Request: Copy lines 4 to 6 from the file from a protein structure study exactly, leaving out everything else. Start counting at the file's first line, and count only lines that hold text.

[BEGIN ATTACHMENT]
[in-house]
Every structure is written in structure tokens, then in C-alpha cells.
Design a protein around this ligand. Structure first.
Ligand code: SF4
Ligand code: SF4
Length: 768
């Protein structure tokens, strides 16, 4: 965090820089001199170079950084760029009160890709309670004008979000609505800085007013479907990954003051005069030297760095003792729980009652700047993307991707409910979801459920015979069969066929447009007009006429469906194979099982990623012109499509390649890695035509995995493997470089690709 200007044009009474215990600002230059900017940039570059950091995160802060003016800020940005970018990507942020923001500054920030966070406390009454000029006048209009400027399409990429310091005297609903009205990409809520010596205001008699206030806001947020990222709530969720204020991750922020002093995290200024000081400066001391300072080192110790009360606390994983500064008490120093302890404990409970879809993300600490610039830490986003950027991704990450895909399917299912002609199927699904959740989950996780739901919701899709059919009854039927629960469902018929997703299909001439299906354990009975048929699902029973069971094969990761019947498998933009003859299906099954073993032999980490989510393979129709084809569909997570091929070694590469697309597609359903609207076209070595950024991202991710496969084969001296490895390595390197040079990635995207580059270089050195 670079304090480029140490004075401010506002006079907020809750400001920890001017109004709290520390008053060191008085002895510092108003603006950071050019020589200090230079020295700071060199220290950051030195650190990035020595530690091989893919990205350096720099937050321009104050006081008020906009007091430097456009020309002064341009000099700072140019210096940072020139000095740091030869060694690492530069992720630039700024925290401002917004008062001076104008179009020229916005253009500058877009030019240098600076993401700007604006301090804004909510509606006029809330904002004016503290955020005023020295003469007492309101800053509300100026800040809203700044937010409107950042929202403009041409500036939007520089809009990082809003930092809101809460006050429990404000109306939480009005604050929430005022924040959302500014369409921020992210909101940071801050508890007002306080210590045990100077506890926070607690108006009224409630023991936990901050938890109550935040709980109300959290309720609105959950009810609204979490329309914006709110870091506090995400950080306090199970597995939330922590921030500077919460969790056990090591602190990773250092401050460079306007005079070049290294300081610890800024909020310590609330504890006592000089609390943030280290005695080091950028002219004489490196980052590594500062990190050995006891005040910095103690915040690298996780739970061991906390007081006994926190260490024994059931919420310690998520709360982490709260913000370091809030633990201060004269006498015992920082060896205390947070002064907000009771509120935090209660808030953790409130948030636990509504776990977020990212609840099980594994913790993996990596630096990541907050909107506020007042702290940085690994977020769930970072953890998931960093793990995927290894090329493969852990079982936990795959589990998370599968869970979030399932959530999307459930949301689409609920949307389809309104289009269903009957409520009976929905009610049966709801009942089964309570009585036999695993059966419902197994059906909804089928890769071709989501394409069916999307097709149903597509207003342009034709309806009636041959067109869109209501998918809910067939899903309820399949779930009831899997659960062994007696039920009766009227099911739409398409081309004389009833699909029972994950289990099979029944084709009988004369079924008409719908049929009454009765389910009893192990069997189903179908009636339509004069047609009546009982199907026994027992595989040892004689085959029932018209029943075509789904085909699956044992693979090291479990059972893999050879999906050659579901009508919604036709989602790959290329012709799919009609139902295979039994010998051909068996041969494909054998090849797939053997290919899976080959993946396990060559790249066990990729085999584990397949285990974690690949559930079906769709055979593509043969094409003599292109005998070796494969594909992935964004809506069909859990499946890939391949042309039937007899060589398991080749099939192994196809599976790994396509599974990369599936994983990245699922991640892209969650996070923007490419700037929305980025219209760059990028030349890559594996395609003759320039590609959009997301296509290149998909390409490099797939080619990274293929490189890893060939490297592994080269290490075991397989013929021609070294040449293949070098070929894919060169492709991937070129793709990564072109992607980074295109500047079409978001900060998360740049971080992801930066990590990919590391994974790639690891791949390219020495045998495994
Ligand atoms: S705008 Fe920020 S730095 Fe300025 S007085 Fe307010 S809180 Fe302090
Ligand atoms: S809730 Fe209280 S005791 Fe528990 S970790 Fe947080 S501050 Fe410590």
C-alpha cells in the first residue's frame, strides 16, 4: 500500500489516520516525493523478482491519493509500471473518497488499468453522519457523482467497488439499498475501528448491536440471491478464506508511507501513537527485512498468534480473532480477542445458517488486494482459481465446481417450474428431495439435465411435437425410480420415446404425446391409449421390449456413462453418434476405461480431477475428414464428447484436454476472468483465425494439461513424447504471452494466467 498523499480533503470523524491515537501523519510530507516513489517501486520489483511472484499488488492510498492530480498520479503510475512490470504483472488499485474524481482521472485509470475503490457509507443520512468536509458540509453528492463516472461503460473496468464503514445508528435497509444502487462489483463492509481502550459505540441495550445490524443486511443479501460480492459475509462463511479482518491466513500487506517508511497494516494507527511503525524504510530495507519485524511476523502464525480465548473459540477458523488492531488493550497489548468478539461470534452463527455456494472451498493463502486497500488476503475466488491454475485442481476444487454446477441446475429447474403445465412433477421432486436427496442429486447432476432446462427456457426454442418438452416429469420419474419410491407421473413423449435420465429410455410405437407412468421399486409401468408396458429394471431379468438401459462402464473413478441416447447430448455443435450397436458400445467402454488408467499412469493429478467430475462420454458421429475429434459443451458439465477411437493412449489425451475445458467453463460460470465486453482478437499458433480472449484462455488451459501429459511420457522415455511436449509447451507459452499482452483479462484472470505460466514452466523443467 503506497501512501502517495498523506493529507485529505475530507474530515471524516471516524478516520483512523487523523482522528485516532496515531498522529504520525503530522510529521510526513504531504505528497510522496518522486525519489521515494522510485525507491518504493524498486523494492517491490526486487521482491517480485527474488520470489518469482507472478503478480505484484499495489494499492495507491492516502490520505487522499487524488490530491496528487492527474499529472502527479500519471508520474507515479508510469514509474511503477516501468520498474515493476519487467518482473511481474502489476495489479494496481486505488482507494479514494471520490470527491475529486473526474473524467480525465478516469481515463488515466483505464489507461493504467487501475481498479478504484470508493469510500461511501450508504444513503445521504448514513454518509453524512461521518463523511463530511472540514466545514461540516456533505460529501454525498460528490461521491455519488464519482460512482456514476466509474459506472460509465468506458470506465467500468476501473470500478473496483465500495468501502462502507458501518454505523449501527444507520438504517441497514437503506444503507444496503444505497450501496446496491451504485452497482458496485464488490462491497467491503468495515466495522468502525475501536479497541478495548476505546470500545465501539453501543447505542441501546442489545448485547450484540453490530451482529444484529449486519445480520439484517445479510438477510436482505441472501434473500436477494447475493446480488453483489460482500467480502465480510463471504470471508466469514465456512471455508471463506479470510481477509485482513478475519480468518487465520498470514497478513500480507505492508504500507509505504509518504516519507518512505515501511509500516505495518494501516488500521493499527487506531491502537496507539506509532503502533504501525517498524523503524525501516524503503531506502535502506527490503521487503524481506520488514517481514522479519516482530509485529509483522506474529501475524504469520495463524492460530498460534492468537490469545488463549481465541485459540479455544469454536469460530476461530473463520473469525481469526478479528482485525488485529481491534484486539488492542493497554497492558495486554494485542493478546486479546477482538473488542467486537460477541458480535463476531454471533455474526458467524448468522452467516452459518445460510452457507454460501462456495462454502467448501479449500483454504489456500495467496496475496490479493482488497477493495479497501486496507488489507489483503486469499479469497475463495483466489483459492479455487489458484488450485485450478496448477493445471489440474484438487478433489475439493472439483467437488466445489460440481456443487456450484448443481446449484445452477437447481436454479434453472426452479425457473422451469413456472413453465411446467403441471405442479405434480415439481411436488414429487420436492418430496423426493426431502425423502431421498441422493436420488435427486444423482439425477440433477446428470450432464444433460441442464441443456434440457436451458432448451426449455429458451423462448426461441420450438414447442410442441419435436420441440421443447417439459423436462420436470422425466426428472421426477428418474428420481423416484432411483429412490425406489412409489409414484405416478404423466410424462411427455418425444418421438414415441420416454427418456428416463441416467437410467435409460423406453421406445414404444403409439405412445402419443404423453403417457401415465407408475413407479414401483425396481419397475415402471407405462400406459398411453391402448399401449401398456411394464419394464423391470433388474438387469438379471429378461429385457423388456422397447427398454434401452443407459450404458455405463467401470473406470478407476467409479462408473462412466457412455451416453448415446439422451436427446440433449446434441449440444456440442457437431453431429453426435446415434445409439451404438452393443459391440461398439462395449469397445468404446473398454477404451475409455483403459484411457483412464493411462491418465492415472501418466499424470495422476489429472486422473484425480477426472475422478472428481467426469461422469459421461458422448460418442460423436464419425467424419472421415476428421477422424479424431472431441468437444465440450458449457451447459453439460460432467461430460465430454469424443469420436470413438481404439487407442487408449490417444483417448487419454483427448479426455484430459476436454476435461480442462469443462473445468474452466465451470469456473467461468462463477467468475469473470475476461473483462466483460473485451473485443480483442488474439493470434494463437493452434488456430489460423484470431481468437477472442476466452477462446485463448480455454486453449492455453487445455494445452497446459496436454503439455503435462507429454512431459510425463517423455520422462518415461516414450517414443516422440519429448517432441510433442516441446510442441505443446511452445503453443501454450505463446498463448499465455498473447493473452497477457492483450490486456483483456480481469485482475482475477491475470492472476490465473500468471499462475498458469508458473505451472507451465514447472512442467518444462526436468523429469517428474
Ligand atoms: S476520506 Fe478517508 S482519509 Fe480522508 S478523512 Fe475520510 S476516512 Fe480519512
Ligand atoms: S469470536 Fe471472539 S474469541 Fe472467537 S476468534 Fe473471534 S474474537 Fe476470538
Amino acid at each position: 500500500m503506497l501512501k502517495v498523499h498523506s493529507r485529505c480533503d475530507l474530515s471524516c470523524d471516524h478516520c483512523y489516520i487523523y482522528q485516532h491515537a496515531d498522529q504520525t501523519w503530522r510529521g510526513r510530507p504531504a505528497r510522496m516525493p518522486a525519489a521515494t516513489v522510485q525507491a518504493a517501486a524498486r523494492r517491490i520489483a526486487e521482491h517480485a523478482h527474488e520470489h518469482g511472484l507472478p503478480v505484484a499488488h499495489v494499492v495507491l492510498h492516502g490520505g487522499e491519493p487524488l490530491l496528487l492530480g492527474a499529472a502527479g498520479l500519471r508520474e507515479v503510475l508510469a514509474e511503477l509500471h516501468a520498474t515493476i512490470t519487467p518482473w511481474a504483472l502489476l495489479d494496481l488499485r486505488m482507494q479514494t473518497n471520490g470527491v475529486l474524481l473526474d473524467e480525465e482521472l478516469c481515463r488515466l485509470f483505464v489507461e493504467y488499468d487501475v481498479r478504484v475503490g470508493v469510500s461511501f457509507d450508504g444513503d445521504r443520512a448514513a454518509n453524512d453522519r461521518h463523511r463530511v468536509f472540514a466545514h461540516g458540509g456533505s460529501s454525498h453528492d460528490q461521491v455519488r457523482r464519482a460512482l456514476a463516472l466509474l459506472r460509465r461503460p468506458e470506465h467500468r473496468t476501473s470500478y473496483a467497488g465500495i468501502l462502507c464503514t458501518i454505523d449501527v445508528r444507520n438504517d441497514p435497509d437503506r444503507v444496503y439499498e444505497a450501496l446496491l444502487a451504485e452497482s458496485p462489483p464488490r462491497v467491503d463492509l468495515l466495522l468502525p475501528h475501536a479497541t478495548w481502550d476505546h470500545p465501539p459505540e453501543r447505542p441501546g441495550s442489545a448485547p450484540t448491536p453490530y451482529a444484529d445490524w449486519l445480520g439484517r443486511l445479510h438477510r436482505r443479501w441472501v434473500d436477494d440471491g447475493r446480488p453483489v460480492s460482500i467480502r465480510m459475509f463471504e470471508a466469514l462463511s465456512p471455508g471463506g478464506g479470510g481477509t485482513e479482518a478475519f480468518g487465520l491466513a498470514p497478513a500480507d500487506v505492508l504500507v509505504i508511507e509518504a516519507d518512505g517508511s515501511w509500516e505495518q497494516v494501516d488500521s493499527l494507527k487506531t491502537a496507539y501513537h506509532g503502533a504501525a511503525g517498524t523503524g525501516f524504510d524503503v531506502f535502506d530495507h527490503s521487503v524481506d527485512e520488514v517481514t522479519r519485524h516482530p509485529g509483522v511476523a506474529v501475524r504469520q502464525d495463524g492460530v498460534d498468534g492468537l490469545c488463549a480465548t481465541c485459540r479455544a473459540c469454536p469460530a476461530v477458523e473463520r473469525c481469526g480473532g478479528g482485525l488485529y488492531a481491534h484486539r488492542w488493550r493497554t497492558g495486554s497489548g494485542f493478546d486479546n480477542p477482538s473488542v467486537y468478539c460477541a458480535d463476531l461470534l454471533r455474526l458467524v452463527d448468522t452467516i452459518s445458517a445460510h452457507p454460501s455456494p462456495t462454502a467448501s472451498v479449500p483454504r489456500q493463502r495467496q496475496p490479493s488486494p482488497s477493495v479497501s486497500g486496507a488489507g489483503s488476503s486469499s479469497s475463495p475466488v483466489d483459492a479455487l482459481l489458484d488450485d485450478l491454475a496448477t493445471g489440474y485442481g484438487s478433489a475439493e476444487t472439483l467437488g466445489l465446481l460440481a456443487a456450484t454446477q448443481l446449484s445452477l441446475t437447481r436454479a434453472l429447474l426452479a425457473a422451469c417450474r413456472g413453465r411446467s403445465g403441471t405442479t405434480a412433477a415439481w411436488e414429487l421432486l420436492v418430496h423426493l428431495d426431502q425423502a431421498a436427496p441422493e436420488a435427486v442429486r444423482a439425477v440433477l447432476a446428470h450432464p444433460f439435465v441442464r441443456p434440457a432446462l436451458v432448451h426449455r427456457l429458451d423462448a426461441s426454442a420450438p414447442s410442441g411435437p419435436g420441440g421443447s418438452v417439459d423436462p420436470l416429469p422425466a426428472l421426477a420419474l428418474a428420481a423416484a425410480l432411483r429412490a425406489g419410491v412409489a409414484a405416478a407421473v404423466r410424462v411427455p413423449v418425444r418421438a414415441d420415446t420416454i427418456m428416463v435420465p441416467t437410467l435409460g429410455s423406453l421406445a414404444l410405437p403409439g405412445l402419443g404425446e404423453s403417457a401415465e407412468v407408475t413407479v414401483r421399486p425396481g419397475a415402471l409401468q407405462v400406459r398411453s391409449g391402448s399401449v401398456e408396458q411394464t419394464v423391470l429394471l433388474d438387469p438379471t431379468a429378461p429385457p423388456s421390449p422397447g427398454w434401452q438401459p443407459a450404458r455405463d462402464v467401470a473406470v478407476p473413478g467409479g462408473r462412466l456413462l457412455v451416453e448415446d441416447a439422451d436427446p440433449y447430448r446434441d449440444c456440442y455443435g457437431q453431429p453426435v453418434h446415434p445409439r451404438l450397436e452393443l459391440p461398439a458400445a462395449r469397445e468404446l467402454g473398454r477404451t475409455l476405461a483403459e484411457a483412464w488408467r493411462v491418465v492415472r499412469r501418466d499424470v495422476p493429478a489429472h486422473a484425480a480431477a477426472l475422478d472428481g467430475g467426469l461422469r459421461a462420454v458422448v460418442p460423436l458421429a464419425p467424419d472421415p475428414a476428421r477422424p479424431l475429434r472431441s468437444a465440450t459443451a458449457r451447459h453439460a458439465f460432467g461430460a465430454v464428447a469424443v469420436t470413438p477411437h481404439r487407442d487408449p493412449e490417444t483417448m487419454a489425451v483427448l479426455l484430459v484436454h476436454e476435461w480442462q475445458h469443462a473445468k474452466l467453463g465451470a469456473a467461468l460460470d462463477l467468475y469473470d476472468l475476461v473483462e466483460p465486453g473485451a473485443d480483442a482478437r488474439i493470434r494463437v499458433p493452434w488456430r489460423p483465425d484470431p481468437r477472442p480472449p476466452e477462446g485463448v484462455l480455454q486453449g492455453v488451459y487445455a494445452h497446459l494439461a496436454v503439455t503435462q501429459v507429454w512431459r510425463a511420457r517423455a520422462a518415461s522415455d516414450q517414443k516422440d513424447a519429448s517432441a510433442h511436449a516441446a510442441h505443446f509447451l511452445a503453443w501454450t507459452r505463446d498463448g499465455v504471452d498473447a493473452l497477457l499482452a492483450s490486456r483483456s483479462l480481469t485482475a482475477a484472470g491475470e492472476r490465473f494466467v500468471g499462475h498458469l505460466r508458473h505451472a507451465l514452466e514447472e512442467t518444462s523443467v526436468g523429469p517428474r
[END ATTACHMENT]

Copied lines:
Ligand code: SF4
Ligand code: SF4
Length: 768